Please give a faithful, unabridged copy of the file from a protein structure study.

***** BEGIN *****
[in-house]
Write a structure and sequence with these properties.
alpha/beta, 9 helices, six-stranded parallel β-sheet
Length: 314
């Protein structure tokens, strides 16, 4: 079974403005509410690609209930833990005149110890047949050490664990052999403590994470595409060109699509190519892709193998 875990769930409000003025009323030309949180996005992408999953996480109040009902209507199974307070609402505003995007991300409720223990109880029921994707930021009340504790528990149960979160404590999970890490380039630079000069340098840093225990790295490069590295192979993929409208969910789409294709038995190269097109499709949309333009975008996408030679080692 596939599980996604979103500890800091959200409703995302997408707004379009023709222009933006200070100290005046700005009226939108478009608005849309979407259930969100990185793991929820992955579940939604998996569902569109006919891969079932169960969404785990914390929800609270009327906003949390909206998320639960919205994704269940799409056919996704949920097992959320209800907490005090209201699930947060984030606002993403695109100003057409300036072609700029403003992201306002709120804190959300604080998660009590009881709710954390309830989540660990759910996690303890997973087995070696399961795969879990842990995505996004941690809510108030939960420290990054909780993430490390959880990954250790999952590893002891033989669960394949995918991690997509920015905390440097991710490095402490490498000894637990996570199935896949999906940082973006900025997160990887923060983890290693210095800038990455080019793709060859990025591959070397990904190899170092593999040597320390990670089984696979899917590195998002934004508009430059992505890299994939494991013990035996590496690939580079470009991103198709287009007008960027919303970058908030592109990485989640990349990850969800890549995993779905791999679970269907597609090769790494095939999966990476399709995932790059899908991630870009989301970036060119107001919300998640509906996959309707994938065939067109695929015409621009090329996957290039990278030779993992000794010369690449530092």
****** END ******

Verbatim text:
[in-house]
Write a structure and sequence with these properties.
alpha/beta, 9 helices, six-stranded parallel β-sheet
Length: 314
């Protein structure tokens, strides 16, 4: 079974403005509410690609209930833990005149110890047949050490664990052999403590994470595409060109699509190519892709193998 875990769930409000003025009323030309949180996005992408999953996480109040009902209507199974307070609402505003995007991300409720223990109880029921994707930021009340504790528990149960979160404590999970890490380039630079000069340098840093225990790295490069590295192979993929409208969910789409294709038995190269097109499709949309333009975008996408030679080692 596939599980996604979103500890800091959200409703995302997408707004379009023709222009933006200070100290005046700005009226939108478009608005849309979407259930969100990185793991929820992955579940939604998996569902569109006919891969079932169960969404785990914390929800609270009327906003949390909206998320639960919205994704269940799409056919996704949920097992959320209800907490005090209201699930947060984030606002993403695109100003057409300036072609700029403003992201306002709120804190959300604080998660009590009881709710954390309830989540660990759910996690303890997973087995070696399961795969879990842990995505996004941690809510108030939960420290990054909780993430490390959880990954250790999952590893002891033989669960394949995918991690997509920015905390440097991710490095402490490498000894637990996570199935896949999906940082973006900025997160990887923060983890290693210095800038990455080019793709060859990025591959070397990904190899170092593999040597320390990670089984696979899917590195998002934004508009430059992505890299994939494991013990035996590496690939580079470009991103198709287009007008960027919303970058908030592109990485989640990349990850969800890549995993779905791999679970269907597609090769790494095939999966990476399709995932790059899908991630870009989301970036060119107001919300998640509906996959309707994938065939067109695929015409621009090329996957290039990278030779993992000794010369690449530092």